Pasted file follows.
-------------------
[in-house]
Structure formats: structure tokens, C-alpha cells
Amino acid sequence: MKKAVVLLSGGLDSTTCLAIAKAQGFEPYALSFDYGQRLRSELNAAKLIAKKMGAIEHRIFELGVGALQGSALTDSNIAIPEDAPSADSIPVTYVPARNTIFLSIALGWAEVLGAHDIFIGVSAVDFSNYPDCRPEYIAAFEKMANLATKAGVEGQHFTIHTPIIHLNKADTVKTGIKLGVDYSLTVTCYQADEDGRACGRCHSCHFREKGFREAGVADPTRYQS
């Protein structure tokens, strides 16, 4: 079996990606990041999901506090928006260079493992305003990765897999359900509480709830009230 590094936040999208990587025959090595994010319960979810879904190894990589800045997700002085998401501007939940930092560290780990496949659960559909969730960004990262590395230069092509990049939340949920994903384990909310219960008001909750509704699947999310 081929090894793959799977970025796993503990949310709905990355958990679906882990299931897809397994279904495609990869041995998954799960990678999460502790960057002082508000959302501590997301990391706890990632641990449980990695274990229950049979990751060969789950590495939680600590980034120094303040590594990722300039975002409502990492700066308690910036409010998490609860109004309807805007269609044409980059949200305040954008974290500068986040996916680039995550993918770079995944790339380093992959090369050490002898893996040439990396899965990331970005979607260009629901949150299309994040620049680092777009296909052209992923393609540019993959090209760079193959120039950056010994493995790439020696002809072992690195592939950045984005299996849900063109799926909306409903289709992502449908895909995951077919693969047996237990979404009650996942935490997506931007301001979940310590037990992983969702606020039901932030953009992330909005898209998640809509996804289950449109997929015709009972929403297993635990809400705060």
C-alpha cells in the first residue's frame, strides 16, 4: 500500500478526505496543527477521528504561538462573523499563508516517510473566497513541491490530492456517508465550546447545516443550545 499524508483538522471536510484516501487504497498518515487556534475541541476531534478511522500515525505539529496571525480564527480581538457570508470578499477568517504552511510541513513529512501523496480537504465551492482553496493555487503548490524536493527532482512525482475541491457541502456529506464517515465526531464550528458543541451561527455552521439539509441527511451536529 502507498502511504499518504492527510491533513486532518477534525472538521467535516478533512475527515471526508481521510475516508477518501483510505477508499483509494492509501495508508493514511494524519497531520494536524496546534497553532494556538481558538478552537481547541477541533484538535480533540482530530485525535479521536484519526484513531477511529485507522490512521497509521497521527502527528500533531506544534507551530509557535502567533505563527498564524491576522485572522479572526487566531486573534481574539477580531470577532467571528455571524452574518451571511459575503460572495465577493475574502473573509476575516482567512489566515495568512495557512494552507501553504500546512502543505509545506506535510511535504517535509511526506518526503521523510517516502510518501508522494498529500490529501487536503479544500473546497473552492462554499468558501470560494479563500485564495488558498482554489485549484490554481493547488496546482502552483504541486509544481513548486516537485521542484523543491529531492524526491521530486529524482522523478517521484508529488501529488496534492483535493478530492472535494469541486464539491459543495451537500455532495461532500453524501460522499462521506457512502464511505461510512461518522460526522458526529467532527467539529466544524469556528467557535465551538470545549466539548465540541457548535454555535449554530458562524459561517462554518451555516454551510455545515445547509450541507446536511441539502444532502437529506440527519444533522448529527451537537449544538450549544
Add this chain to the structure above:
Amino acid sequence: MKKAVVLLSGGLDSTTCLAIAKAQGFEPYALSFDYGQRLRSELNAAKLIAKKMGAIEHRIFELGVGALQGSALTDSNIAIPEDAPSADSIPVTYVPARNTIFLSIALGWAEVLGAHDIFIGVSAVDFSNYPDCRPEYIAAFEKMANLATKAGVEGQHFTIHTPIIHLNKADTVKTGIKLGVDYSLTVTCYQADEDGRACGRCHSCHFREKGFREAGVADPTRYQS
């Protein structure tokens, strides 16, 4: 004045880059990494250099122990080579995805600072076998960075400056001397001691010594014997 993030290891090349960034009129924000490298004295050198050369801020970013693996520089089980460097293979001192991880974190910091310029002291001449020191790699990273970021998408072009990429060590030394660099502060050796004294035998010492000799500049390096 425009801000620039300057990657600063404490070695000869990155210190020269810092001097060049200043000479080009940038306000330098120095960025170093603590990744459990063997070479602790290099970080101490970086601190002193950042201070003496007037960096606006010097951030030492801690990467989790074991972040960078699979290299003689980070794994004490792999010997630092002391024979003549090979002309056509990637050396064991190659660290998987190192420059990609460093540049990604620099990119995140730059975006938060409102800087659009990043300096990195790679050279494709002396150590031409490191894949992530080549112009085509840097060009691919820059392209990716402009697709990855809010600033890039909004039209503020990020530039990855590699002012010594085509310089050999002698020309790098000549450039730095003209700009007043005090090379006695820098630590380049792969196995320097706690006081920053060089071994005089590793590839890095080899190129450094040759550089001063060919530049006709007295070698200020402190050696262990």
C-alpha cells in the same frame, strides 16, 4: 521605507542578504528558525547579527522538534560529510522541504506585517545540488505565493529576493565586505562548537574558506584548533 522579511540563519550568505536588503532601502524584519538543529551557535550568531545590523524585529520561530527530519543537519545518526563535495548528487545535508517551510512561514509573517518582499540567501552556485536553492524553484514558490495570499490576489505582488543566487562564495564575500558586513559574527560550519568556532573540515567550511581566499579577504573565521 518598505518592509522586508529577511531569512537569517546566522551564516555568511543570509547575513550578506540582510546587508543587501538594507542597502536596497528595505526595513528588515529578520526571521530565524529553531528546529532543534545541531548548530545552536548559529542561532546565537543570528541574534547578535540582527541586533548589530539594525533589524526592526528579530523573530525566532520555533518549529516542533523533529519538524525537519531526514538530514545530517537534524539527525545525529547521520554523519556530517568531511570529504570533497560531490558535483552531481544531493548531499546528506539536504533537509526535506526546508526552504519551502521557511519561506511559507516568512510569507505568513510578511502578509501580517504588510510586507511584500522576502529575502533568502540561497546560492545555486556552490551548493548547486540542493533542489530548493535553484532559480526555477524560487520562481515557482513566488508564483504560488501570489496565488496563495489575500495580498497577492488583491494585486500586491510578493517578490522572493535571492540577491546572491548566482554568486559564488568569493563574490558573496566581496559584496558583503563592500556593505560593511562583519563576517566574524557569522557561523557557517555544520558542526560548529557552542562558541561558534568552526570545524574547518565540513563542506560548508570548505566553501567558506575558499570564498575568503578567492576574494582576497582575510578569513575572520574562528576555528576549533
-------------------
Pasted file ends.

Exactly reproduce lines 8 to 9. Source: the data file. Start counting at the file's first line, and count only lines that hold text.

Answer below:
């Protein structure tokens, strides 16, 4: 004045880059990494250099122990080579995805600072076998960075400056001397001691010594014997 993030290891090349960034009129924000490298004295050198050369801020970013693996520089089980460097293979001192991880974190910091310029002291001449020191790699990273970021998408072009990429060590030394660099502060050796004294035998010492000799500049390096 425009801000620039300057990657600063404490070695000869990155210190020269810092001097060049200043000479080009940038306000330098120095960025170093603590990744459990063997070479602790290099970080101490970086601190002193950042201070003496007037960096606006010097951030030492801690990467989790074991972040960078699979290299003689980070794994004490792999010997630092002391024979003549090979002309056509990637050396064991190659660290998987190192420059990609460093540049990604620099990119995140730059975006938060409102800087659009990043300096990195790679050279494709002396150590031409490191894949992530080549112009085509840097060009691919820059392209990716402009697709990855809010600033890039909004039209503020990020530039990855590699002012010594085509310089050999002698020309790098000549450039730095003209700009007043005090090379006695820098630590380049792969196995320097706690006081920053060089071994005089590793590839890095080899190129450094040759550089001063060919530049006709007295070698200020402190050696262990």
C-alpha cells in the same frame, strides 16, 4: 521605507542578504528558525547579527522538534560529510522541504506585517545540488505565493529576493565586505562548537574558506584548533 522579511540563519550568505536588503532601502524584519538543529551557535550568531545590523524585529520561530527530519543537519545518526563535495548528487545535508517551510512561514509573517518582499540567501552556485536553492524553484514558490495570499490576489505582488543566487562564495564575500558586513559574527560550519568556532573540515567550511581566499579577504573565521 518598505518592509522586508529577511531569512537569517546566522551564516555568511543570509547575513550578506540582510546587508543587501538594507542597502536596497528595505526595513528588515529578520526571521530565524529553531528546529532543534545541531548548530545552536548559529542561532546565537543570528541574534547578535540582527541586533548589530539594525533589524526592526528579530523573530525566532520555533518549529516542533523533529519538524525537519531526514538530514545530517537534524539527525545525529547521520554523519556530517568531511570529504570533497560531490558535483552531481544531493548531499546528506539536504533537509526535506526546508526552504519551502521557511519561506511559507516568512510569507505568513510578511502578509501580517504588510510586507511584500522576502529575502533568502540561497546560492545555486556552490551548493548547486540542493533542489530548493535553484532559480526555477524560487520562481515557482513566488508564483504560488501570489496565488496563495489575500495580498497577492488583491494585486500586491510578493517578490522572493535571492540577491546572491548566482554568486559564488568569493563574490558573496566581496559584496558583503563592500556593505560593511562583519563576517566574524557569522557561523557557517555544520558542526560548529557552542562558541561558534568552526570545524574547518565540513563542506560548508570548505566553501567558506575558499570564498575568503578567492576574494582576497582575510578569513575572520574562528576555528576549533